The author (far right) and other trippers visited ethnic minorities in northern Thailand
[“SHARE” JUL – SEP 2019 ] TAKING ACTION
Written by: Janice Cheng (participant of CEDAR’s exposure trip in 2018; church pastor)
In December last year, I went to the Thai-Myanmar border with CEDAR to learn about their poverty alleviation projects in the area. The 8-day trip enabled me to understand more about the region. We visited some villages with CEDAR’s local partners and spoke to various individuals during our time there.
The residents are mostly ethnic minority groups from the mountainous areas, and they all have their own predicaments to overcome. There are abandoned single mothers and minority groups who have been relocated to the border area in northern Thailand due to warfare and other problems. Since they have not been granted Thai citizenship, they do not enjoy any social welfare, employment or education benefits or support.
(CEDAR’s note: The writer, Dr Ho Shun Yee, joined CEDAR’s Exposure Trip to the Thai-Myanmar border towns and the northern regions in Thailand at the end of last year. In this article, Dr Ho shares her experience and thoughts about the tour. CEDAR will host another in-depth tour to Bangladesh to visit the poverty-stricken communities. For more information, please visit: http://cedarfund.org/trip/)
In mid-December 2018, more than ten of us from CEDAR arrived at the Thai-Myanmar border – a place that turned out to be quite different from the land of orchids, Thai silk, massages and water fights that most people would have in mind when the place is mentioned. There were cloud-shrouded mountains and singing streams, but what we heard was a song of a thousand sorrows from the border towns. Yet, in a way, it was also a song of hope.
[ ‘SHARE’ Mar-Apr 2017 ] FOCUS ~ AGRICULTURAL DEVELOPMENT
Written by: Jojo Poon
What is “development”? What kind of development will lead to better living? In what way will go by contraries? We might be able to find out more from the experience of the farming tribes in Northern Thailand.
Unsustainable consumption and production are among the major causes of continual deterioration of the global environment. In early years, the Lahu ethnic minority living in northern Thailand gave up their traditional agricultural practices, and started using pesticides and chemical fertilisers massively to plant cash crops in order to meet the agricultural market demand. They were making profit initially, but as the market price and oil price fluctuated, and the farmland became infertile, their harvest gradually dropped to a point where it could no longer support their living. What was worse was the negative impact on the health of villagers, whose bodies were found to contain too much residual chemical toxins as a result of prolonged consumption of crops with high levels of pesticides and chemical fertilisers.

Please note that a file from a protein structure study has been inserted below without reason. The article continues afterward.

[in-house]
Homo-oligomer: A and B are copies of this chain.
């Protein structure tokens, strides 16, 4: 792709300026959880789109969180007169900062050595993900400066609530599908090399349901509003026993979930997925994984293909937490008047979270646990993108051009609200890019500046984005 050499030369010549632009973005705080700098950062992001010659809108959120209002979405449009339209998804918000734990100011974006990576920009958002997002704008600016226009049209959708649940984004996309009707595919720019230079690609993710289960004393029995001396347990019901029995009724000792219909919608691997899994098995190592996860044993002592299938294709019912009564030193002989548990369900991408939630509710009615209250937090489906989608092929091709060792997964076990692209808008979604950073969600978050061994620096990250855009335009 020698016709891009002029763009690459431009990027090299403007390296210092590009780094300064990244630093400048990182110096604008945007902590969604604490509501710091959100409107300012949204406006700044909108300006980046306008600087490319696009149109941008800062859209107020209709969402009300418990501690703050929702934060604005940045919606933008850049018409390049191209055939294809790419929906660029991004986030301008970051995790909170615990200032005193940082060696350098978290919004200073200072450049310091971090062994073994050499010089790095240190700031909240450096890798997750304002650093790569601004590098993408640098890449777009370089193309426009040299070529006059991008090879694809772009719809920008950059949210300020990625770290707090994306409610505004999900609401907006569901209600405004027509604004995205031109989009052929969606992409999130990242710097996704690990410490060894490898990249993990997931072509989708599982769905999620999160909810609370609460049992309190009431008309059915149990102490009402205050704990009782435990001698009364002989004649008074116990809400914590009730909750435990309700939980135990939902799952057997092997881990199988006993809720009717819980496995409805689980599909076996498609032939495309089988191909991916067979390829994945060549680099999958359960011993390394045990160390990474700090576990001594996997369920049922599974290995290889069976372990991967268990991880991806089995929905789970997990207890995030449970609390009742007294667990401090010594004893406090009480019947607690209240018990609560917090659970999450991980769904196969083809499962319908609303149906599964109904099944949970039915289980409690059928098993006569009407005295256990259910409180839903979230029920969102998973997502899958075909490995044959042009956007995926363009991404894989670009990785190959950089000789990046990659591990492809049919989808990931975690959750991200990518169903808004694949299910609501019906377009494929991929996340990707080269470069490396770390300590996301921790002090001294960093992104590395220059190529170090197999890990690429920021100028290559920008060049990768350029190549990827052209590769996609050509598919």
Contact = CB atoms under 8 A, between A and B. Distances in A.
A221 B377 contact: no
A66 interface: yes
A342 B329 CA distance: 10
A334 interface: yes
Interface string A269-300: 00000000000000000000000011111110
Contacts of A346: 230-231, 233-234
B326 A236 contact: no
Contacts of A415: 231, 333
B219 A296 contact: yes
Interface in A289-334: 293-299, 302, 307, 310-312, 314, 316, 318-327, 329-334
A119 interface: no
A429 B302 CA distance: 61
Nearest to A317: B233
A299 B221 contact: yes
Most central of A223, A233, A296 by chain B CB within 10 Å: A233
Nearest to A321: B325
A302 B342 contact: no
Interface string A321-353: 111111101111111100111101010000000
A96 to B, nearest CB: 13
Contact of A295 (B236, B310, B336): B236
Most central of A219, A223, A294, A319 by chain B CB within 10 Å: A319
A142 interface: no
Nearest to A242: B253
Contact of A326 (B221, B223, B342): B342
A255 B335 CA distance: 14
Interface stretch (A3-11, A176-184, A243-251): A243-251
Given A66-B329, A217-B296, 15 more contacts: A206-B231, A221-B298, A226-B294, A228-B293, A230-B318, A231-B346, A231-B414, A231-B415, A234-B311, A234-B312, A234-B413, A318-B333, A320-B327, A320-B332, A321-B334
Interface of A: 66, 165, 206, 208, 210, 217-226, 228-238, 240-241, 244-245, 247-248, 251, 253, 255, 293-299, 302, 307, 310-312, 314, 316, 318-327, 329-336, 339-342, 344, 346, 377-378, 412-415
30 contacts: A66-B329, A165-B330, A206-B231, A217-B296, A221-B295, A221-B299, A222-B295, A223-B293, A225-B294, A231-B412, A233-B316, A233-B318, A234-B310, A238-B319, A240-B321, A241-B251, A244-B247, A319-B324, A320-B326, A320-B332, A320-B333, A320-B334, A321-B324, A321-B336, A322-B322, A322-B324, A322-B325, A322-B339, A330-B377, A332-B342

Thai-Lahu Foundation (TLF) is CEDAR’s partner in Chiang Mai, Thailand. TLF’s director, Pastor Prasang recalled, “One day, a TLF co-worker discovered a group of girls belonging to the Lahu ethnic group from a village situated in the mountain regions of Northern Thailand wandering around the bus stop. The girls were not waiting for bus, but were waiting for something. The confused look on their faces showed that they were not certain what they were waiting for. The TLF co-worker walked up to the suspected coordinator and asked where she was taking the girls to. Shockingly, the coordinator was not sure either. The bus stop was only a transit hub and she only knew she had to take them to an unidentified location. At the end, the TLF co-worker recorded the identity card numbers and addresses of the girls and also of the coordinator, and warned the coordinator to ensure each girl would return to their village safely. The TLF co-worker later checked with the village and was reassured that all girls were safely at home.”
[ ‘SHARE’ Jan-Feb 2013 – Green Notes Or Green Life? ] STEP INTO THE WORLD
While hoping to economically develop, the Lahu people of Northern Thailand borrowed money to buy fertilisers and pesticides for growing cash crops. Then crop prices fell but they could not return to growing rice because the soil was too contaminated. Like many young Lahu people, Jam and his wife moved to the city but contracted HIV/AIDS from drug abuse. Jobless and rejected by their people, they resorted to stealing food.
Thai-Lahu Foundation (TLF) carries out agricultural development projects in eight local villages teaching production of organic fertilisers and pesticides, supplying seeds, livestock and equipment to encourage organic farming. They help the people to resolve community problems, encouraging them to learn the traditional Lahu language and reinforcing their native knowledge and life skills.
After training, Jam and his wife now grow vegetables and raise pigs. They are also involved in establishing a local HIV/AIDS support network. You only need to give a little yet many Lahus like Jam and his wife will have hope again!
HK$200/month facilitates one village’s leadership training on assessing and resolving community problems
HK$420/month provides seed farming for eight villages (3,500 inhabitants)
 CEDAR is an approved charitable institutions and trusts of a public character under section 88 of the Inland Revenue Ordinance. Please click Inland Revenue Department website to check for details.  Donations over $100 are tax deductible in Hong Kong with our receipts.  Please DO NOT fax any donation information.